In today’s day and age when folk music is gasping for breath, trying to stay afloat, a band of like-minded musicians are trying their best to revive the genre and bring it back to the forefront, give it its due place in the world of music. And they are succeeding in their endeavour.
Project Folkswagon, a team of folk music aficionados have been visiting villages across India for over eight years, spending time with local artists, learning from them, picking up the tunes and dialects of the folk songs fo every region and incorporating them into their own creations — all as a part of their honest attempt to re-introduce folk music and get us appreciating once more some of the best tunes which is a reflection of our tradition, culture and heritage.
Team VibesMojo met the team of Project Folkswagon. Here are the edited excerpts from the exclusive interview:
What is Project Folkswagon?
Madhur Padwal: Project Folkswagon is about Indian folk music and a lot more. The lot more part is because we not only play music from almost each and every Indian state, we also sing the songs in their dialects. We also perform music from different continents of the world — their folk music, traditional music. We go places, search for folk artists, traditional artists, learn from them their music. Once we get back, we practice the music together.
How did Majuli Music Festival happen? How did Project Folkswagon land up in Assam’s Majuli?
Padwal: So, long back I had made an arrangement of the National Anthem using 29 instruments. I play more than 50 instruments. We all play multiple instruments. The arrangement went viral on Facebook, YouTube, Instagram. I have a lot of musician friends from Assam since I keep visiting this place to learn different folk forms of the state. So one of my friend, Nilotpan Bora introduced me to Mukul Doley, the main organiser of the Majuli Music festival. He liked our music and he has been following our music on different social platforms. Then we thought, well why not perform at the Majuli Music Festival.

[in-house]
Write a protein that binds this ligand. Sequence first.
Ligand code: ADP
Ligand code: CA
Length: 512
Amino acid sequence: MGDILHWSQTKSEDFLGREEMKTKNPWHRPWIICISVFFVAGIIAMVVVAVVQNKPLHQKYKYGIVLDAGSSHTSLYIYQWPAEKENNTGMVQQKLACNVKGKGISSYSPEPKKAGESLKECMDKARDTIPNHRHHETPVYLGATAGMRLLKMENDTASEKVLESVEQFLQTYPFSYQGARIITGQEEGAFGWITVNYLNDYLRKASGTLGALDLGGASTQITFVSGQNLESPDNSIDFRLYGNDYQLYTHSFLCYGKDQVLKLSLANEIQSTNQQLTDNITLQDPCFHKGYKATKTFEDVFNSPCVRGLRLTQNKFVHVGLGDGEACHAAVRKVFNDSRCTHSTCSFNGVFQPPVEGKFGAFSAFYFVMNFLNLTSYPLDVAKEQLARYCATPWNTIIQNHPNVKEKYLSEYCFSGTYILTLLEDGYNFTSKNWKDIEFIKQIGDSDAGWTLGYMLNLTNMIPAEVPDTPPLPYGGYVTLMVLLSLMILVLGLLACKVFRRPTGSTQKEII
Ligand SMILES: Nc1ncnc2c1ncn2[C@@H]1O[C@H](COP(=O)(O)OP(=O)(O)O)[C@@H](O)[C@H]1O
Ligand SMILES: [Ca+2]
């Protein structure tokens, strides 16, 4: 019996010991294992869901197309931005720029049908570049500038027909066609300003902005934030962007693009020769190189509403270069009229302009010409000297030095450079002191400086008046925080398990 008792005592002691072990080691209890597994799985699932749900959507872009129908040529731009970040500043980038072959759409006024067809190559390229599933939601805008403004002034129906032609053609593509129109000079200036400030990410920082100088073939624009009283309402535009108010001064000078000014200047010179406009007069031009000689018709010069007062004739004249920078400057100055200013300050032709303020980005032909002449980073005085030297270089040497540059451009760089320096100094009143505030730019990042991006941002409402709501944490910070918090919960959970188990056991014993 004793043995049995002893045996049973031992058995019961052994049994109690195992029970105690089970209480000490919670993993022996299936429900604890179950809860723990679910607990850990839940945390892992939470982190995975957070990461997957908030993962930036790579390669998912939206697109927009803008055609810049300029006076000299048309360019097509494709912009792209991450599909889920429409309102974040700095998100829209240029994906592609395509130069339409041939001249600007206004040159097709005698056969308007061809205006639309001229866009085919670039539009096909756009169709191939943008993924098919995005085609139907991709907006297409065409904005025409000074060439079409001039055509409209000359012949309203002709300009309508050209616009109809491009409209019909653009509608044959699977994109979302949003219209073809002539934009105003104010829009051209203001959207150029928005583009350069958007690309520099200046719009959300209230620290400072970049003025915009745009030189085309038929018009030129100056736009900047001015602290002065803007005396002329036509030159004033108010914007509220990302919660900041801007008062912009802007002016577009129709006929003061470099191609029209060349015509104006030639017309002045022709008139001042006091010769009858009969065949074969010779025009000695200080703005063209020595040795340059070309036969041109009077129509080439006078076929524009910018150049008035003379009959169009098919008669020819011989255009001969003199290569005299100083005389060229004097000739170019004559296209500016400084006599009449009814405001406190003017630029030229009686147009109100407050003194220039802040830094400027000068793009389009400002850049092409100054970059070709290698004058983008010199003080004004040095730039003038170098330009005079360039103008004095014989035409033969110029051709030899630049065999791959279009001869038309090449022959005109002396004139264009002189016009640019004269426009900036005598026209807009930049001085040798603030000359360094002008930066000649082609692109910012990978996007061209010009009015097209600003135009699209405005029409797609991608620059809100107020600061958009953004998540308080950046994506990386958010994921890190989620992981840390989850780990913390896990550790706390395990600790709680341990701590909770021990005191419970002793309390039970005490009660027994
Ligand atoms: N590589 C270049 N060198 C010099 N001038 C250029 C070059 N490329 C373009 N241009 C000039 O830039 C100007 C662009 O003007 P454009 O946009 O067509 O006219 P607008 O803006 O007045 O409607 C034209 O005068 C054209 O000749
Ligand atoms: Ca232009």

“What we really wish to do from the bottom of our heart is study as much folk music as possible together and make it reachable to the masses.”
Padwal: Absolutely, we love Assamese folk music. That is the reason I have been coming here and I can’t even count how many times I’ve been here before this. I am from Maharashtra and my mother tongue is Marathi but will you be surprised if I sing an Assamese song right now?
Yeah, so we sing song in different languages,and the best part about Indian folk music is that it is so vast, it has got so many emotions, its powerful and each and every state has its own beautiful rhythm. It’s so much fun to learn from each of them. Moreover, this is how people connect with us more because if I sing a Bangla song, and there’s someone from that region, from West Bengal or Bangladesh who knows Bengali and Bangla songs, they would connect with us.
You incorporate traditional music to your songs, so how much time does it take to come up with just one song?